2007-01-01

    Alanine racemase, encoded by the gene alr, is an important enzyme in the synthesis of d-alanine for peptidoglycan biosynthesis. Strains of Mycobacterium smegmatis with a deletion mutation of the alr gene were found to require d-alanine for growth in both rich and minimal media. This indicates that alanine racemase is the only source of d-alanine for cell wall biosynthesis in M. smegmatis and confirms alanine racemase as a viable target gene for antimycobacterial drug development. PMID:17827284

  3. Isotopic effects in mechanistic studies of biotransformations of fluorine derivatives of L-alanine catalysed by L-alanine dehydrogenase.

    PubMed

    Szymańska-Majchrzak, Jolanta; Pałka, Katarzyna; Kańska, Marianna

    2017-05-01

    Synthesis of 3-fluoro-[2-(2)H]-L-alanine (3-F-[(2)H]-L-Ala) in reductive amination of 3-fluoropyruvic acid catalysed by L-alanine dehydrogenase (AlaDH) was described. Fluorine derivative was used to study oxidative deamination catalysed by AlaDH applied kinetic (for 3-F-L-Ala in H2O - KIE's on Vmax: 1.1; on Vmax/KM: 1.2; for 3-F-L-Ala in (2)H2O - on Vmax: 1.4; on Vmax/KM: 2.1) and solvent isotope effect methods (for 3-F-L-Ala - SIE's on Vmax: 1.0; on Vmax/KM: 0.87; for 3-F-[2-(2)H]-L-Ala - on Vmax: 1.4; on Vmax/KM: 1.5). Studies explain some details of reaction mechanism. Copyright © 2017 Elsevier Ltd. All rights reserved.

  4. Biomaterial properties evaluation of poly(vinyl acetate- alt-maleic anhydride)/chitosan nanocapsules

    NASA Astrophysics Data System (ADS)

    Raţă, Delia Mihaela; Popa, Marcel; Chailan, Jean-François; Zamfir, Carmen Lăcrămioara; Peptu, Cătălina Anişoara

    2014-08-01

    Nanocapsules with diameter around 100 nm based on a natural polymer (chitosan) and a synthetic polymer poly(vinyl acetate- alt-maleic anhydride) [poly(MAVA)] by interfacial condensation method were prepared. The present study proposes a new type of biocompatible nanocapsules based on poly(vinyl acetate- alt-maleic anhydride-chitosan) (MCS) able to become a reliable support for inclusion and release of drugs. The spherical shape of the nanocapsules was evidenced by scanning electron microscopy. Nanocapsules presented a good Norfloxacin loading and release capacity. Haemocompatibility tests have demonstrated that the nanocapsules present a low toxicity and a good compatibility with sanguine medium. The biocompatibility properties of the nanocapsules after their intraperitoneal administration in rats were evidenced by histopathological examination of different organs (brain, liver, kidney, and lung). The results are encouraging and the nanocapsules can be used as controlled drug delivery systems.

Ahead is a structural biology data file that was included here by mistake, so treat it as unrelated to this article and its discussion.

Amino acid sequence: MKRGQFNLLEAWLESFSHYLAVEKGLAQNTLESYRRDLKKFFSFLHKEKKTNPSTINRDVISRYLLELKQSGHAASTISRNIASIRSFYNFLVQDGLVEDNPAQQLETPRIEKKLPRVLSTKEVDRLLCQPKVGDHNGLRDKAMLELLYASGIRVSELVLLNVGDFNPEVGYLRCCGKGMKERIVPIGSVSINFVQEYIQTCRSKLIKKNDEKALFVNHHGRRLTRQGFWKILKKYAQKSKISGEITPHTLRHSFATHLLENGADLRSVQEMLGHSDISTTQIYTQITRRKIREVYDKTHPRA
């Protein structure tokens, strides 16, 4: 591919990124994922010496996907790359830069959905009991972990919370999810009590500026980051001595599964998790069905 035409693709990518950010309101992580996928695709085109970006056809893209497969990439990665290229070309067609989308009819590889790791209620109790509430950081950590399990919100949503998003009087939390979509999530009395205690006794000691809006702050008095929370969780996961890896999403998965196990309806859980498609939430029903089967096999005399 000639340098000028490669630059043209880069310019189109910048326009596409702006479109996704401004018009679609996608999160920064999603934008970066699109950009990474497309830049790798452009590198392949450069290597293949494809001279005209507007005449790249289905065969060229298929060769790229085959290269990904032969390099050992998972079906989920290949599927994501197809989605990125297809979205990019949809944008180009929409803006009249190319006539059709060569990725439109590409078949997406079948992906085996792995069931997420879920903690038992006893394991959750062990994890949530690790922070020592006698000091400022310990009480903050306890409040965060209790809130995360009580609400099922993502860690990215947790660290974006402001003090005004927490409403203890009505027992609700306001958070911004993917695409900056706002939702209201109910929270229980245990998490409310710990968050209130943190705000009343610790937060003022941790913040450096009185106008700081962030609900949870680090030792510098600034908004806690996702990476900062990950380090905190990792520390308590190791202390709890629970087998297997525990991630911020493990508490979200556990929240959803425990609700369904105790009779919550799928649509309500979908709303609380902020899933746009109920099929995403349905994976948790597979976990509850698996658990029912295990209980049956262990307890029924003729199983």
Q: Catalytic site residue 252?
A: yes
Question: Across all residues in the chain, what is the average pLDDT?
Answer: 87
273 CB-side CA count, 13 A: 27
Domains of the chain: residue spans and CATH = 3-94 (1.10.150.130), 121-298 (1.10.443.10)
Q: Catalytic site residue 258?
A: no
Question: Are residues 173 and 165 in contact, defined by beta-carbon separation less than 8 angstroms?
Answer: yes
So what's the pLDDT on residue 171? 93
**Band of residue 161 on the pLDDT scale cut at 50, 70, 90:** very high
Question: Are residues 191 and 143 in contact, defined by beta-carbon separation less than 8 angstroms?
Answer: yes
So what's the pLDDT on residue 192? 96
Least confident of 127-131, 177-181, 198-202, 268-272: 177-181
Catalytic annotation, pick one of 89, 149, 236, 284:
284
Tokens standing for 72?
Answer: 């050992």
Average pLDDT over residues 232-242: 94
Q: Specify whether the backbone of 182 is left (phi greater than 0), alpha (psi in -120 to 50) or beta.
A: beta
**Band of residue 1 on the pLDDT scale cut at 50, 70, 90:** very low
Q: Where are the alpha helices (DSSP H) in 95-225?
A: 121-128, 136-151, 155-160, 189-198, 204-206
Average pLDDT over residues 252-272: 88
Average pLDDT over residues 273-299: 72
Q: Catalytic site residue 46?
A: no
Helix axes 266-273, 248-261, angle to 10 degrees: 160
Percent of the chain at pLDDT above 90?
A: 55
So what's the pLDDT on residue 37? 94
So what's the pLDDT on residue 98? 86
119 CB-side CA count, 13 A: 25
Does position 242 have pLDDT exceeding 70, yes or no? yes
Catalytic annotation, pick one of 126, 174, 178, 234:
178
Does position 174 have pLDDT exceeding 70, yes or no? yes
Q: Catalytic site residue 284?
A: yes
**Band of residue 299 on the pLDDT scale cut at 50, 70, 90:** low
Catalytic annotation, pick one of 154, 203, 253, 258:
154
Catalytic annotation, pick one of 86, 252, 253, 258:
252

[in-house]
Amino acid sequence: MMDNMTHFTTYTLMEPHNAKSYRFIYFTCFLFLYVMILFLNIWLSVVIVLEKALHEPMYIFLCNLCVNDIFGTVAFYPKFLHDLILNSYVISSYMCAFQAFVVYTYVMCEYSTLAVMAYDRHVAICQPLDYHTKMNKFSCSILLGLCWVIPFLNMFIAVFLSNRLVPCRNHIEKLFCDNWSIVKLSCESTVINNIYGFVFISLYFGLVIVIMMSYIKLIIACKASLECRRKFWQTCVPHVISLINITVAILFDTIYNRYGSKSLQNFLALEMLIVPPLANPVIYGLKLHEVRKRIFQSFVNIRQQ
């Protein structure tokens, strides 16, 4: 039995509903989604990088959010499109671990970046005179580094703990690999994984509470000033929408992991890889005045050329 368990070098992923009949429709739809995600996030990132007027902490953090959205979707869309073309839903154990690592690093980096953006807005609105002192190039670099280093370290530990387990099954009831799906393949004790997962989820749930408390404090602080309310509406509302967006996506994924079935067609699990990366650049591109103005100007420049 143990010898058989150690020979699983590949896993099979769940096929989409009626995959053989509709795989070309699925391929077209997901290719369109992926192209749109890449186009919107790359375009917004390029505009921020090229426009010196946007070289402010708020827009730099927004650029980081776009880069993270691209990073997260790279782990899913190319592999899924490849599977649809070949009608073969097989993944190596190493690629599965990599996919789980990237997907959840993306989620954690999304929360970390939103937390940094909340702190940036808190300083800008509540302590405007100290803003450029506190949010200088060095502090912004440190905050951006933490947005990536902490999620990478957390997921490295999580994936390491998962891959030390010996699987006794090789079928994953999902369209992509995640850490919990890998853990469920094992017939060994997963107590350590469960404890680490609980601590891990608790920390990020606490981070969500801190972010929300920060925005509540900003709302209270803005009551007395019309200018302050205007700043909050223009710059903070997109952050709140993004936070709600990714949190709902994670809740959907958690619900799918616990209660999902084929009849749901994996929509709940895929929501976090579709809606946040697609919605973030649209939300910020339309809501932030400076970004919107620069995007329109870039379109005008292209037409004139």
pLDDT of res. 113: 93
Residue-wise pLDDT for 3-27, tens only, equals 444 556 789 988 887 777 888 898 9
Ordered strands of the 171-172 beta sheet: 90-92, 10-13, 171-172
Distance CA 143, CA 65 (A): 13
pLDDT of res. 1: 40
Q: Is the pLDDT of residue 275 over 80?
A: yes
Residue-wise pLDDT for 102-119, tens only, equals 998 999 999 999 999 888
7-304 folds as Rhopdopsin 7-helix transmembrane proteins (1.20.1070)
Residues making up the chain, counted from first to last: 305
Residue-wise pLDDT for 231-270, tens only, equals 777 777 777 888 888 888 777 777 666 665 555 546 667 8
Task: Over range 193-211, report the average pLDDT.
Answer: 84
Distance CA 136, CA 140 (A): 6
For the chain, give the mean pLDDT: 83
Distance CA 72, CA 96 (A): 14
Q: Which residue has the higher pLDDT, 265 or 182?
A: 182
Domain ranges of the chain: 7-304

5. The larval specific lymphatic filarial ALT-2: induction of protection using protein or DNA vaccination.

    PubMed

    Ramachandran, Sabarinathan; Kumar, Mishra Pankaj; Rami, Reddy Maryada Venkata; Chinnaiah, Harinath Basker; Nutman, Thomas; Kaliraj, Perumal; McCarthy, James

    2004-01-01

    Genes from the infective stage of lymphatic filarial parasites expressed at the time of host invasion have been identified as potential vaccine candidates. By screening an L3 cDNA library with sera from uninfected longstanding residents of an area endemic for onchocerciasis, so-called "endemic normals" (EN), we have cloned and characterized one such gene termed the abundant larval transcript two (ALT-2). The stage specificity of ALT-2 gene transcription and protein synthesis was confirmed by PCR using genespecific primers, and by western blot analysis of protein extracts from various stages of the parasite life cycle using specific antisera. Significant differences in antibody response to the recombinant ALT-2 were observed in endemic populations with differing clinical manifestations of lymphatic filariasis with an antibody response present in sera from 18 of 25 (72%) EN subjects compared to 9 of 25 (36%) with subclinical microfilaracmia (MF) and 14 of 25 (52%) of those with chronic lymphatic obstruction (CP) (P=0.01 for comparison of EN to CP or to MF). This differential responsiveness suggests that the protective immunity postulated to account for their uninfected status might be associated with a response to this protein. When the utility of ALT-2 as a vaccine candidate was tested in a murine model using either recombinant protein or a DNA vaccine construct, statistically significant protection was observed when compared to a control filarial gene product expressed across all stages of the parasite lifecycle (SXP-1; P=0.02 for protein and P=0.01 for the DNA vaccine) or compared to adjuvant alone. This level of protection indicates that this vaccine is a promising candidate for further development.

  6. Telomeric overhang length determines structural dynamics and accessibility to telomerase and ALT associated proteins

    PubMed Central

    Hwang, Helen; Kreig, Alex; Calvert, Jacob; Lormand, Justin; Kwon, Yongho; Daley, James M.; Sung, Patrick; Opresko, Patricia L.; Myong, Sua

    2014-01-01